“In the distance we could see a huge group of people. But they weren’t moving. It was 4 o’clock in the afternoon with only two hours left of daylight. So we decided to move towards them.
“It took us about an hour along the muddy path, meeting border guards and persuading them to let us pass. Then we saw thousands of refugees just sitting there, with more Bangladeshi border guards telling us to go back.
“We could see something was going on behind the crowd. So we waited for an opportunity to move closer, and that’s when we saw them.
“The crowd was sitting on a riverbank and behind them, about three meters below, in the river itself, there were just hundreds of refugees coming across every minute. It was non-stop. There was no end to the people. People carrying babies. Elderly people being escorted through the water and mud, more than knee-deep. And we were just photographing everyone coming towards us.
“Then this woman appeared. She got to the point where she needed to get up to the footpath where we were. But she was just exhausted. She didn’t have anything left to get herself up. Two refugee men on her level were trying to push her up, which was when we reached out to help. Another Reuters photographer, Adnan Abidi, took a hand. Another photographer took another and I got her leg when she got within range. It was a case of dragging her.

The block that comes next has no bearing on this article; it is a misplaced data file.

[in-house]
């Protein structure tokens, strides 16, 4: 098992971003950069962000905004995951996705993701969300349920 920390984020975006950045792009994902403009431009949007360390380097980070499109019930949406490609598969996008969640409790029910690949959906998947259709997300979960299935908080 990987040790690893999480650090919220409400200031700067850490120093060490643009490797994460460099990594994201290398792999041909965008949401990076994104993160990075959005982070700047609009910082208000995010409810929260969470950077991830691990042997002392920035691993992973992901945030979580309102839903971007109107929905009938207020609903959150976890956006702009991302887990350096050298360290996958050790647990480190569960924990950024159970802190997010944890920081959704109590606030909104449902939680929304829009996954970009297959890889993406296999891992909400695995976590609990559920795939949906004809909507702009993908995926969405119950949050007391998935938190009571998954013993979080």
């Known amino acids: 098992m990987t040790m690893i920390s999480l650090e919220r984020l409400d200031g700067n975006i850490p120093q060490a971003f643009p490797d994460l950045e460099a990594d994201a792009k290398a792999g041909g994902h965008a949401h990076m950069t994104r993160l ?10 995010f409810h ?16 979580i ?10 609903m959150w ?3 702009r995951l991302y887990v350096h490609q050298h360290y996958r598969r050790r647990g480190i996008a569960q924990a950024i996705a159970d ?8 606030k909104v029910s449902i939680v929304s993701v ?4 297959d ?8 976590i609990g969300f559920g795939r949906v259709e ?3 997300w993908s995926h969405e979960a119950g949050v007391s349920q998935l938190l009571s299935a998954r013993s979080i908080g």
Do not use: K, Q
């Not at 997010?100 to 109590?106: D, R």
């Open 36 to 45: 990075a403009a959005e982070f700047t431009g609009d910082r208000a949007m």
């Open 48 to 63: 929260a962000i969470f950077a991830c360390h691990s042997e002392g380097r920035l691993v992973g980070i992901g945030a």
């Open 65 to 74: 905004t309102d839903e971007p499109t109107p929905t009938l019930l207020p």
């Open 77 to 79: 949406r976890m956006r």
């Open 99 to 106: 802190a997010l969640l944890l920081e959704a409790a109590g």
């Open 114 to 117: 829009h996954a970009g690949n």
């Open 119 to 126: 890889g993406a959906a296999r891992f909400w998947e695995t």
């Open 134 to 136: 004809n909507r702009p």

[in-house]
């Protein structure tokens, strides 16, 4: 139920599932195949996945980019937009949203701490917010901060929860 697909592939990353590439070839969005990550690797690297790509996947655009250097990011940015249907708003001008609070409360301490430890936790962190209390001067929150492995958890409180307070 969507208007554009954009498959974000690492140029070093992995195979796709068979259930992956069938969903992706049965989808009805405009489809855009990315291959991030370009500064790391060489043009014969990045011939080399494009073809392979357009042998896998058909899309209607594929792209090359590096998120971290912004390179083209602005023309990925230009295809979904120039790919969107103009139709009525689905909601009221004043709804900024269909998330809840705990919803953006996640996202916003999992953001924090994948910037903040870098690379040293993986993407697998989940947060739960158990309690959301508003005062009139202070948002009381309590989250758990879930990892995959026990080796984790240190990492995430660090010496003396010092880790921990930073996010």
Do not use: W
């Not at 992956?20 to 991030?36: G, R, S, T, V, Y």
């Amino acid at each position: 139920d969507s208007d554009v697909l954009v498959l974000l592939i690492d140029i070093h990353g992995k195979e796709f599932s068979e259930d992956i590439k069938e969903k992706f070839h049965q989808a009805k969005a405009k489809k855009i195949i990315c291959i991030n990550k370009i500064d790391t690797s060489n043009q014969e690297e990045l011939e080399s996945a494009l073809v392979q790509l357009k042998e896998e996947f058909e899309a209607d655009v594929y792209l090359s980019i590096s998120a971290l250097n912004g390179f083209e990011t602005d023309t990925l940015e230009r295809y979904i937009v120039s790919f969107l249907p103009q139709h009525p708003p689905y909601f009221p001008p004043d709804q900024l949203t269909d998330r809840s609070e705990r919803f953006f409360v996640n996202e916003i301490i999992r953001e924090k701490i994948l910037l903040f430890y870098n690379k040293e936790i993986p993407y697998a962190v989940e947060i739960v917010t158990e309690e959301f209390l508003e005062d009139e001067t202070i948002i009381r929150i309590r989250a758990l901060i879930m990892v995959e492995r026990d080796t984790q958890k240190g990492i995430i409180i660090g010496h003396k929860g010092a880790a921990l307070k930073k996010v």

From a democracy champion to defending Myanmar against genocide charges, the shock decision by civilian leader Aung San Suu Kyi to face the UN’s top court risks further damaging her image overseas and deepening the siege mentality at home.
“We stand with you,” proclaim billboards across Myanmar, sporting beaming portraits of the Nobel laureate as she prepares to face the International Court of Justice (ICJ) over the Rohingya crisis.
Suu Kyi’s supporters are printing off T-shirts, organizing rallies and even signing up to VIP tours to The Hague to offer their backing.